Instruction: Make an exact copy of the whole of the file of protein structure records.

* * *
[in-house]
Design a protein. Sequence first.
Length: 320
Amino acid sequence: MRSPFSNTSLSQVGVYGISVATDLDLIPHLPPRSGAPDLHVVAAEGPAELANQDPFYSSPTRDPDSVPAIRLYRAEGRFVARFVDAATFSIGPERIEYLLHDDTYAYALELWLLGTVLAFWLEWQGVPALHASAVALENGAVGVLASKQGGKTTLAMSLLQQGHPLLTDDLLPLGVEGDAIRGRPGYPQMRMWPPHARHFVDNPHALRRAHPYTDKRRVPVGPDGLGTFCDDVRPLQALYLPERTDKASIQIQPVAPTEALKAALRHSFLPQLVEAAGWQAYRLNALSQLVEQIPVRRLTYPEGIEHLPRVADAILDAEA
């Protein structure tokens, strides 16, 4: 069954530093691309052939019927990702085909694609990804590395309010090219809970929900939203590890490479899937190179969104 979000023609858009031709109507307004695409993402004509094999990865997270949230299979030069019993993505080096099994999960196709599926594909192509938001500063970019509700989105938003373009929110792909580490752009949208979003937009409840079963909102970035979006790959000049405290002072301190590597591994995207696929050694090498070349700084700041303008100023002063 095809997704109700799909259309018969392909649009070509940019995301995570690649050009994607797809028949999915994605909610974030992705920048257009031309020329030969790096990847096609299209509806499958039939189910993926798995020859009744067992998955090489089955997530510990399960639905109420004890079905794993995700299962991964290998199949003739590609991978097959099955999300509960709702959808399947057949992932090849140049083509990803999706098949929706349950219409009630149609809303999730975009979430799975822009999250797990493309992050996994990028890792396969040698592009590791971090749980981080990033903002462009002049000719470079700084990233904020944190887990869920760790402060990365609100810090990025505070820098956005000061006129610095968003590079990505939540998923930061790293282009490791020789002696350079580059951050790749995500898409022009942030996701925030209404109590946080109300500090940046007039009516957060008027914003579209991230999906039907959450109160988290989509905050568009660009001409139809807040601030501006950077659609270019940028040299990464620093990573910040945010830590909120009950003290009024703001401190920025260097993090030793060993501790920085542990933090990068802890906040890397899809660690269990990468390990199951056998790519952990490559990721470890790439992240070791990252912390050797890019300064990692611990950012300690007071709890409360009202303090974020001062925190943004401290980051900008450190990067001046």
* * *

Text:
[in-house]
Design a protein. Sequence first.
Length: 320
Amino acid sequence: MRSPFSNTSLSQVGVYGISVATDLDLIPHLPPRSGAPDLHVVAAEGPAELANQDPFYSSPTRDPDSVPAIRLYRAEGRFVARFVDAATFSIGPERIEYLLHDDTYAYALELWLLGTVLAFWLEWQGVPALHASAVALENGAVGVLASKQGGKTTLAMSLLQQGHPLLTDDLLPLGVEGDAIRGRPGYPQMRMWPPHARHFVDNPHALRRAHPYTDKRRVPVGPDGLGTFCDDVRPLQALYLPERTDKASIQIQPVAPTEALKAALRHSFLPQLVEAAGWQAYRLNALSQLVEQIPVRRLTYPEGIEHLPRVADAILDAEA
């Protein structure tokens, strides 16, 4: 069954530093691309052939019927990702085909694609990804590395309010090219809970929900939203590890490479899937190179969104 979000023609858009031709109507307004695409993402004509094999990865997270949230299979030069019993993505080096099994999960196709599926594909192509938001500063970019509700989105938003373009929110792909580490752009949208979003937009409840079963909102970035979006790959000049405290002072301190590597591994995207696929050694090498070349700084700041303008100023002063 095809997704109700799909259309018969392909649009070509940019995301995570690649050009994607797809028949999915994605909610974030992705920048257009031309020329030969790096990847096609299209509806499958039939189910993926798995020859009744067992998955090489089955997530510990399960639905109420004890079905794993995700299962991964290998199949003739590609991978097959099955999300509960709702959808399947057949992932090849140049083509990803999706098949929706349950219409009630149609809303999730975009979430799975822009999250797990493309992050996994990028890792396969040698592009590791971090749980981080990033903002462009002049000719470079700084990233904020944190887990869920760790402060990365609100810090990025505070820098956005000061006129610095968003590079990505939540998923930061790293282009490791020789002696350079580059951050790749995500898409022009942030996701925030209404109590946080109300500090940046007039009516957060008027914003579209991230999906039907959450109160988290989509905050568009660009001409139809807040601030501006950077659609270019940028040299990464620093990573910040945010830590909120009950003290009024703001401190920025260097993090030793060993501790920085542990933090990068802890906040890397899809660690269990990468390990199951056998790519952990490559990721470890790439992240070791990252912390050797890019300064990692611990950012300690007071709890409360009202303090974020001062925190943004401290980051900008450190990067001046």